Latest update: August 13th, 2012
Klal Yisrael. All of Israel.
One people. One community.
Recent news accounts told of several hundred passengers – Orthodox yeshiva students, tourists, secular college-aged Jews on Birthright – scheduled to fly to Israel who found themselves stranded at JFK by the terrible blizzard that struck the northeast at the end of 2010.
As one report put it, “Several rabbis traveling with the group sprang into action, working their connections with the local Orthodox communities to get help. In an amazing act of chesed and a deeply rooted sense of Klal Yisrael, the Five Towns local Orthodox community worked to bring meals to the airport and provide temporary housing to the young passengers who didn’t want to wait at the airport. Advertisement
“Despite continuing blizzard conditions and snow drifting to heights of four feet or more, they shuttled food to the nearby airport and transformed what could have been a completely abysmal experience into an uplifting one. In a day and age where we often hear about the divisions within the Jewish community it is always nice to see that, despite our differences, Jews are always willing to help each other out in a jam.”
If only it were always so!
There is no greater blessing for Jews than unity, and no greater curse than discord, strife and machlokes. And yet, despite the clear blessing of unity, we seem so often to be defined by our divisions rather than our common purpose and community. There is hardly a corner among Jews where acrimony, negativism, and hatred don’t reign supreme; barely a place where we don’t hear Jews defaming others’ spiritual leaders, opinions, and writings. Such factionalism and feuding can lead only to disaster.
True happiness for Jews is only possible when there is unity. Absent unity, we will always be diminished by festering anger, angst, and anxiety. We know we should constantly re-dedicate ourselves to our sacred, nobler natures, yet we too often fall victim to our baser inclinations. As a result, pettiness, jealousy, misunderstanding and disrespect define our dealings with our fellows.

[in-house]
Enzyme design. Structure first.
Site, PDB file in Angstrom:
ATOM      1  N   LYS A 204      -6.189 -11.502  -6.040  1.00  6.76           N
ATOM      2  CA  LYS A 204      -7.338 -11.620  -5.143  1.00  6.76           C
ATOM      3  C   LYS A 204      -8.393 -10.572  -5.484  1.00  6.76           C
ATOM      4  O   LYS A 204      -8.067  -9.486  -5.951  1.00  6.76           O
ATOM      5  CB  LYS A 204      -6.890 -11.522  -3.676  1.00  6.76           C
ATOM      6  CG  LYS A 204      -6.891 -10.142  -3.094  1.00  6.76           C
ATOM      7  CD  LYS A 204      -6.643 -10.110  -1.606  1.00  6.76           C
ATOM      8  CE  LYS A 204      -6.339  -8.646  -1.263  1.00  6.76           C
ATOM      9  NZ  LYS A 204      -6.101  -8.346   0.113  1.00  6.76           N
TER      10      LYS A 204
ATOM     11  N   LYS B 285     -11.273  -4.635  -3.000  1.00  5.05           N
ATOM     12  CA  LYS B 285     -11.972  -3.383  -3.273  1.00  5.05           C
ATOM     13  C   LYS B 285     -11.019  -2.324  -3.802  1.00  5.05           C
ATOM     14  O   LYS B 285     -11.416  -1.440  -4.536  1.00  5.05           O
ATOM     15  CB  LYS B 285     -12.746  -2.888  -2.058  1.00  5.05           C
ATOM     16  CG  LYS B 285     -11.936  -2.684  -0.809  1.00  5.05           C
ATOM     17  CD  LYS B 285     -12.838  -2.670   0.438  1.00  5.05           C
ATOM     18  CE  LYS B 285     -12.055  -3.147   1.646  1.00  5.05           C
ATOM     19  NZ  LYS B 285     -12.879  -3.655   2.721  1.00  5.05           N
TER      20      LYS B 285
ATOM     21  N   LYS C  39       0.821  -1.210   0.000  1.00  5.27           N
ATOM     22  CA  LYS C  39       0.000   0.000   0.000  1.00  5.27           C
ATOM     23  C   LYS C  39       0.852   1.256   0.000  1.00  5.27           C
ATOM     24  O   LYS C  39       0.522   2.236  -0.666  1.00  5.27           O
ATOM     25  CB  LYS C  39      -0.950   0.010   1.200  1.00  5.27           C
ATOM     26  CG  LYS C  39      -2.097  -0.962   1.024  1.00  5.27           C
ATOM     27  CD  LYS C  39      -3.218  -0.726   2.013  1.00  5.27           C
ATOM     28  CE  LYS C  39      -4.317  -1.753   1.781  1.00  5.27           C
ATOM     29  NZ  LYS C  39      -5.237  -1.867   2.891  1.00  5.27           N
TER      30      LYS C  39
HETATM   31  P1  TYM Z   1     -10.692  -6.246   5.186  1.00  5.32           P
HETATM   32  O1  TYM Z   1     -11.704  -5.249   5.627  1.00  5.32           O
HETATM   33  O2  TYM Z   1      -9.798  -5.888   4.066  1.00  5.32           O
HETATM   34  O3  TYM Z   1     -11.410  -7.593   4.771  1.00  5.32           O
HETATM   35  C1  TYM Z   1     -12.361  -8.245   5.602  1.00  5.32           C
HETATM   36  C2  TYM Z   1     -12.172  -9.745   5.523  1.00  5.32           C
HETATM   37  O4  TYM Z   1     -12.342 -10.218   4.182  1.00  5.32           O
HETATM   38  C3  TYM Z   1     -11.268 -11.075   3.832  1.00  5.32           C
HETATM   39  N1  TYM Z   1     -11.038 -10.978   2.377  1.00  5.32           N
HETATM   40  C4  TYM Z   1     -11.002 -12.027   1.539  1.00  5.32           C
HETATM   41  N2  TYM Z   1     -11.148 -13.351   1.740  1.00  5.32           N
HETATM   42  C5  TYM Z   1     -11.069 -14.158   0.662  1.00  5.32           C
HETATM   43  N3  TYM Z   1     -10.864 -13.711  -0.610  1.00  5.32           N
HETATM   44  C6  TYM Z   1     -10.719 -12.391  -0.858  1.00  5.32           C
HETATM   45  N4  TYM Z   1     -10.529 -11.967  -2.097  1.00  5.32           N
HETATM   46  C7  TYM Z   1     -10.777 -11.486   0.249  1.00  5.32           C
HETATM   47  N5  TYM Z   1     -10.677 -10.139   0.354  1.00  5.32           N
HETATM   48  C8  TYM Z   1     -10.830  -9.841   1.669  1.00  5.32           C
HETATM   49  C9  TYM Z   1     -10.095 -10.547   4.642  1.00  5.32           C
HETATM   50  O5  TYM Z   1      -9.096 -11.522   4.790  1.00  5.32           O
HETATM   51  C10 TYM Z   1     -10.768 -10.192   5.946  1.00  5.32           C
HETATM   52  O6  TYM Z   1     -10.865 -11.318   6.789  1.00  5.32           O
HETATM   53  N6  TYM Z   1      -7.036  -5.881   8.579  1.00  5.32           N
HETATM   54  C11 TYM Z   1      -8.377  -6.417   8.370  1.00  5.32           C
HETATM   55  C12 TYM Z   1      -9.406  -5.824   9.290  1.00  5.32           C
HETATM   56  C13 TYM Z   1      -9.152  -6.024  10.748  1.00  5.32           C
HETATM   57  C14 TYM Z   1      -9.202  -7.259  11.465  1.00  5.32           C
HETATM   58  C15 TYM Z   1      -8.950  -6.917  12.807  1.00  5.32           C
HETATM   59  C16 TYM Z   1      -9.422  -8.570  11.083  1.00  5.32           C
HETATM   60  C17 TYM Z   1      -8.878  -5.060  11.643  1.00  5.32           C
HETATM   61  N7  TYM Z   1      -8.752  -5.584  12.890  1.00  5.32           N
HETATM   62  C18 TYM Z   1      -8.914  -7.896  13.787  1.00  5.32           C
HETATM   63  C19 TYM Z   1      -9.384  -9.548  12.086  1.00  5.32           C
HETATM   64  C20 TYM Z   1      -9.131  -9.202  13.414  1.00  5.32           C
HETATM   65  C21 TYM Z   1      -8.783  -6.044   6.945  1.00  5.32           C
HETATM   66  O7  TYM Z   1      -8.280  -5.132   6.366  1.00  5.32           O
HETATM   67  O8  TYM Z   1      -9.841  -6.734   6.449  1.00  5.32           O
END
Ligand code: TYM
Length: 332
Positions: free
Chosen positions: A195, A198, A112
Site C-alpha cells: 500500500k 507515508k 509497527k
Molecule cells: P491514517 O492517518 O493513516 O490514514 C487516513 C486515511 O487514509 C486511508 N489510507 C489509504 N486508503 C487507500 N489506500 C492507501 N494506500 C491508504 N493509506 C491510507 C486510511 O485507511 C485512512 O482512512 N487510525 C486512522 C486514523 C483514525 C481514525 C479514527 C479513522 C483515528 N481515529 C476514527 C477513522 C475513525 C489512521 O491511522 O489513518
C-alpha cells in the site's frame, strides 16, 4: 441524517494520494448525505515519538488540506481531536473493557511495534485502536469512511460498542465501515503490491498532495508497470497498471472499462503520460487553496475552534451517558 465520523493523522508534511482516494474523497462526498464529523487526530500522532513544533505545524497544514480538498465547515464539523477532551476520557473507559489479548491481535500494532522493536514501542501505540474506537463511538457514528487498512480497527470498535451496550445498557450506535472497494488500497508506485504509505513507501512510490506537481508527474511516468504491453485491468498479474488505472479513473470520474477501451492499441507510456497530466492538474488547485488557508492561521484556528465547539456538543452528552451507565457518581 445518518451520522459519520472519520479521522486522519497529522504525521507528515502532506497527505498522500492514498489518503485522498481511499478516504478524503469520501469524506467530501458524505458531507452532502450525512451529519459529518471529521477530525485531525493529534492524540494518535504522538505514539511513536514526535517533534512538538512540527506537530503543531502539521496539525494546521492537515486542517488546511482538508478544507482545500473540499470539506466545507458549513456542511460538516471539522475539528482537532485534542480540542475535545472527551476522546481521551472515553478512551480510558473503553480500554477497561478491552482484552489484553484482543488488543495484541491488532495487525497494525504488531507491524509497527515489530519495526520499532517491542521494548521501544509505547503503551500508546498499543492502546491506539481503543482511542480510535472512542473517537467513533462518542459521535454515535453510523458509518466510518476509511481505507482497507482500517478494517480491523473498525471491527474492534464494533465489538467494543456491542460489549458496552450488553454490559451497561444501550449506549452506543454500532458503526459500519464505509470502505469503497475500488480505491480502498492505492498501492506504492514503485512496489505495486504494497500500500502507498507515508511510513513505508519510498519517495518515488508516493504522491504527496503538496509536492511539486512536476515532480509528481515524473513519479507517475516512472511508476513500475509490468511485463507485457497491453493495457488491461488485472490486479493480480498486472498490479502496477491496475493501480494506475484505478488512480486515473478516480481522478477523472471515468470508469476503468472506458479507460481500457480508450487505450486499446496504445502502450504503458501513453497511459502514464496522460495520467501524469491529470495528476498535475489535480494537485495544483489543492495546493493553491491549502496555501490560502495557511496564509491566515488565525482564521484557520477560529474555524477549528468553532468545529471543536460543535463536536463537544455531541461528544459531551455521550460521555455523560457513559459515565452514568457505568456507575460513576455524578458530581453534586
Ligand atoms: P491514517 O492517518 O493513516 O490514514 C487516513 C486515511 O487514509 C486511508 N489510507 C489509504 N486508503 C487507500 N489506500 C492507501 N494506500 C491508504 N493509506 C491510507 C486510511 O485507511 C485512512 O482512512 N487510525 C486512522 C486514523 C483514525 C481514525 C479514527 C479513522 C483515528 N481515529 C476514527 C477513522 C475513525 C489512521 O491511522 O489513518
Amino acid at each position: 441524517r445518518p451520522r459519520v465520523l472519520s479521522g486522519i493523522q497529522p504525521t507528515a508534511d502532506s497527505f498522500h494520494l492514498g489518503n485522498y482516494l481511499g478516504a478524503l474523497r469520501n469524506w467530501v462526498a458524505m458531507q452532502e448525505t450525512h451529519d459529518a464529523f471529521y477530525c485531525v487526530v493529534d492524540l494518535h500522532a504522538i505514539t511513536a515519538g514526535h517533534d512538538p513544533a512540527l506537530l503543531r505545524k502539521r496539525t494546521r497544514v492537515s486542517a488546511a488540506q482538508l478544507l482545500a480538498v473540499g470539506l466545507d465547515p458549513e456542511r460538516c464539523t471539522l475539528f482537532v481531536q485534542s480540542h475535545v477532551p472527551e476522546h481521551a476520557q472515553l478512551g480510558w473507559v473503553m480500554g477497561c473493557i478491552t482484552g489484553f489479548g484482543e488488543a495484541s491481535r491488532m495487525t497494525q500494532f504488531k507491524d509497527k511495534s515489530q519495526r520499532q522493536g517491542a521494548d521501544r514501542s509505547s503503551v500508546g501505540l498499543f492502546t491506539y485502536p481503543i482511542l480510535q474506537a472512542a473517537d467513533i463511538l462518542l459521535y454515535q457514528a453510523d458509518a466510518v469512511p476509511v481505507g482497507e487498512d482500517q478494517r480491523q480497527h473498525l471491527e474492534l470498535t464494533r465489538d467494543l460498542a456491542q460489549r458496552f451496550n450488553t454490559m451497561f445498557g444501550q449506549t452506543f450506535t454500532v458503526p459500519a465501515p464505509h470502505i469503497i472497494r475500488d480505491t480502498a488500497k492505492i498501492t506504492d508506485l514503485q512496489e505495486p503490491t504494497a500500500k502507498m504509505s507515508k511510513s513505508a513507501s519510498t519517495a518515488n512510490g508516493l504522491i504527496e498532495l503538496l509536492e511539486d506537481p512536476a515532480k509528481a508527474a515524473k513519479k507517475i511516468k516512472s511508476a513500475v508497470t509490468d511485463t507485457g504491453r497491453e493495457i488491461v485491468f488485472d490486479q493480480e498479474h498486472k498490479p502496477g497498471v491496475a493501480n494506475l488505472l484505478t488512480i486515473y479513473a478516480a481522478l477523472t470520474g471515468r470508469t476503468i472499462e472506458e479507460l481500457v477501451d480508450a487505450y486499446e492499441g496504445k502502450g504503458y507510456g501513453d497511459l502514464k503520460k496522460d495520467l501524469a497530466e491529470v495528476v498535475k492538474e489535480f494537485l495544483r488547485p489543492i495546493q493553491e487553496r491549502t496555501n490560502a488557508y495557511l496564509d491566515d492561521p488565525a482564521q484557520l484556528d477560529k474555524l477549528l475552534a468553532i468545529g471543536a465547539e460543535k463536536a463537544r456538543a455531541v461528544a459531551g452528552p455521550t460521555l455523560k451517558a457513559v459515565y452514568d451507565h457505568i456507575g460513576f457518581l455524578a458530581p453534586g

How timely, then, that Purim is before us. How good it is that the ultimate purpose and focus of this, the happiest of Jewish holidays, and of its central source, Megillas Esther, is to create and reinforce unity and harmony among Jews. How good it is that Purim teaches me to embrace the community I share not only with those I consider friends but also with those far distant who come “stretching out their hand” asking for my understanding and generosity.
For on Purim we must reach out to one another. If only for this one marvelous day, we must get beyond our stubborn refusal to acknowledge others who are “not like us.” If only for this one day, we must reach out to anyone and everyone in the Jewish community.
On Purim, we give gifts. The mitzvah of mishloach manos – that each person give a friend two varieties of food as a present – is based on the pasuk “U’mishloach manot ish l’reiyhu.” Many commentaries observe that this custom comes to us in direct remembrance of the unity that defined the Jewish people in Shushan, when disaster was looming darkly on the horizon.
Then, in response to Esther’s call, we gathered as one in prayer and fasting. Every Jew and his fellow. Together. Our unity of need, purpose and practice was surely the key factor in reversing Haman’s cruel decree. Our unity implicitly and explicitly disproved Haman’s argument that “there is a certain people scattered and dispersed (mefuzar u’meforad) among the peoples.”
The p’shat of Haman’s argument is the accusation that the nation of Israel “stands opposed and apart,” refusing to assimilate among the nations of the world. It is something we continue to hear even today. But in the heavenly courts, “scatteredand dispersed” had a deeper meaning. It was an allusion to machlokes – the disunity that was pervasive among Jews at the time. To dispel evil decrees against our nation, the heavenly courts expect us to live in harmony with ish l’reiyhu.
What greater expression of harmony between ish l’reiyhu than the breaking of bread? Isn’t this what happened at JFK that snowy night? Isn’t this how we show our true willingness to reach out to another Jew? Which makes the mitzvah of mishloach manot all the more powerful.
About the Author: Rabbi Dr. Eliyahu Safran is an educator, author and lecturer. He can be reached at email@example.com.
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